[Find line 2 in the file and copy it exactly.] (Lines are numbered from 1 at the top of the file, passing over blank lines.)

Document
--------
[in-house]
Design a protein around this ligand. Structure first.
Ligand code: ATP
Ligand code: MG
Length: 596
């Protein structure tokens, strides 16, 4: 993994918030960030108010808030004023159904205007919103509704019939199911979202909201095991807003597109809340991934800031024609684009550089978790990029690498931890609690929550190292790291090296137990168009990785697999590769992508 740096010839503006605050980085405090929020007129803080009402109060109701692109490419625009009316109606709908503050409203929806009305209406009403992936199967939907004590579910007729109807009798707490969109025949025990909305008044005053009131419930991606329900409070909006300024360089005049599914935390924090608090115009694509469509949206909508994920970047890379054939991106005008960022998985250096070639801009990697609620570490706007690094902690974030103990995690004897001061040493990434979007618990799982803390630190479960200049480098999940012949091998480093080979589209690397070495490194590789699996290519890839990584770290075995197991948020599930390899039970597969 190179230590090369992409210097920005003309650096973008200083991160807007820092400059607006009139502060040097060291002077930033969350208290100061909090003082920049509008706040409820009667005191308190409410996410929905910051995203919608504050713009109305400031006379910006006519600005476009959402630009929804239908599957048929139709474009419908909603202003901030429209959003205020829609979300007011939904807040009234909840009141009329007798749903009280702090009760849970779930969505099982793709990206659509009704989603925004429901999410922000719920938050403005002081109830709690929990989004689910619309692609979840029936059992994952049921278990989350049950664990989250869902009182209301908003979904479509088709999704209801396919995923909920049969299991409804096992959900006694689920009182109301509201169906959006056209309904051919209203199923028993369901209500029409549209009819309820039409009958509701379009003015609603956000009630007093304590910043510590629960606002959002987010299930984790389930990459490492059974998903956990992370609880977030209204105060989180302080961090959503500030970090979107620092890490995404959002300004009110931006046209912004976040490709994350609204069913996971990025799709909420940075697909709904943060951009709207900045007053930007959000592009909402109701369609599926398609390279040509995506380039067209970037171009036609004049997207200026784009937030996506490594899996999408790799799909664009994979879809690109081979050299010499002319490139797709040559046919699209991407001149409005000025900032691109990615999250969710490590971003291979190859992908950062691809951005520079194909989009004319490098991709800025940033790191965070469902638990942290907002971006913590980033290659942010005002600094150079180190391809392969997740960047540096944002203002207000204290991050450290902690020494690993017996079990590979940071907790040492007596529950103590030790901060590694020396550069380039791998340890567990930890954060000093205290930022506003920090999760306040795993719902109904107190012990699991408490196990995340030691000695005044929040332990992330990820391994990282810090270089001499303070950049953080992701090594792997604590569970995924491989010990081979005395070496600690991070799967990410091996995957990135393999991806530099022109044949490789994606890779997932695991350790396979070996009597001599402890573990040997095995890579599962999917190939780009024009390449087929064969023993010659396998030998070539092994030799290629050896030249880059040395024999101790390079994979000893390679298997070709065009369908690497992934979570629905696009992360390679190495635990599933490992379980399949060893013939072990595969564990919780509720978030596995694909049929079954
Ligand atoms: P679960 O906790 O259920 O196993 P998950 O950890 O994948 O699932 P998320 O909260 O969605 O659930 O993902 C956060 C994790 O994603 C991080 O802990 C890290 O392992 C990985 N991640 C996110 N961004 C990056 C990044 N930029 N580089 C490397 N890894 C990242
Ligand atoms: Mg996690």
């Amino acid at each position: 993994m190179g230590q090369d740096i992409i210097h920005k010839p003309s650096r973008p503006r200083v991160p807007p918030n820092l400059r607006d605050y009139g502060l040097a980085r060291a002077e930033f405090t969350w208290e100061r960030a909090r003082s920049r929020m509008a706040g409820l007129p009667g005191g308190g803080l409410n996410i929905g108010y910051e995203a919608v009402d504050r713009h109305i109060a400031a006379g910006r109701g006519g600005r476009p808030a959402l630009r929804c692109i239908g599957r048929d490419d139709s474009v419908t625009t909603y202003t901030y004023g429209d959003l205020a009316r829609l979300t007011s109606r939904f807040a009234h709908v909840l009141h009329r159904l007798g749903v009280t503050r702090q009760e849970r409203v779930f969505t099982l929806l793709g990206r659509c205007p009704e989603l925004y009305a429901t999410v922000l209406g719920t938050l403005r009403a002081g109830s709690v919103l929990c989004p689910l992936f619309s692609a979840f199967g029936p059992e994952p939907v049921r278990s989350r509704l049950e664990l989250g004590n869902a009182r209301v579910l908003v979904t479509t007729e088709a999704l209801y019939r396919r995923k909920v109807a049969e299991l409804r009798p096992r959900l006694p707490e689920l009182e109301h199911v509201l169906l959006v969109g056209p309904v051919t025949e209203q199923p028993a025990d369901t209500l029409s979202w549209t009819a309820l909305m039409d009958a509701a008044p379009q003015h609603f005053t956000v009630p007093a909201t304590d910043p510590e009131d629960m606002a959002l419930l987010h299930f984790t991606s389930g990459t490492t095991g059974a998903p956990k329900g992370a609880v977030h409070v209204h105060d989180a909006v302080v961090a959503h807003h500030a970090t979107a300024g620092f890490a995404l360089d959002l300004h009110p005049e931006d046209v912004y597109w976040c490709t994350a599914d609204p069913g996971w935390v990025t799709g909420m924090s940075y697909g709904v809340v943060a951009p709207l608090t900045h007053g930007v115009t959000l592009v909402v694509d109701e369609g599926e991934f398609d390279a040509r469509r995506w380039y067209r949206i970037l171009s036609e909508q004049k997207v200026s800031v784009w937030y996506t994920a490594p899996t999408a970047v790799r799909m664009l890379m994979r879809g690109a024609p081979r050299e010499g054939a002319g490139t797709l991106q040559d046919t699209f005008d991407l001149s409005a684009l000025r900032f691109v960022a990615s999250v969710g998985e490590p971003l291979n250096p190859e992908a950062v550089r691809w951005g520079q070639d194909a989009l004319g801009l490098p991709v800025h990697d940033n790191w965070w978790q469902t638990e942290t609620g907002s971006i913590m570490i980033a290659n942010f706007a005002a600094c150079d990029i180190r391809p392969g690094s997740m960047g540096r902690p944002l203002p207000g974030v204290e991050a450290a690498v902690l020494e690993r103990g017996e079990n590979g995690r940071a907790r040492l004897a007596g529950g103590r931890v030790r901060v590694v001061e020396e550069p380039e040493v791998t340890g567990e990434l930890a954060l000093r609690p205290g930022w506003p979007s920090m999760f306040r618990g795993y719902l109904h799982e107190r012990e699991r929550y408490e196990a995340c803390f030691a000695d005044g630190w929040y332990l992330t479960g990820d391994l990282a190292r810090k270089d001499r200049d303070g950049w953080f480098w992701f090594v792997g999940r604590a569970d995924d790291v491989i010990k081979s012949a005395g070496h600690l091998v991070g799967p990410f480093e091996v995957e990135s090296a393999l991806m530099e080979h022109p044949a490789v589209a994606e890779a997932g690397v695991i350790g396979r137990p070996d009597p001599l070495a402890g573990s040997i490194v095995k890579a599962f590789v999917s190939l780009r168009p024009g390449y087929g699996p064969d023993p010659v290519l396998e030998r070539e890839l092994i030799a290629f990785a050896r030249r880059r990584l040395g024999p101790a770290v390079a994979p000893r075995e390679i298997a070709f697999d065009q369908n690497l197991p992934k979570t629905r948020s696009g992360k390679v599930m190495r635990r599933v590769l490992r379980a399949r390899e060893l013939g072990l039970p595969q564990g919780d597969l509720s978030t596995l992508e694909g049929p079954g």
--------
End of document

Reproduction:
Design a protein around this ligand. Structure first.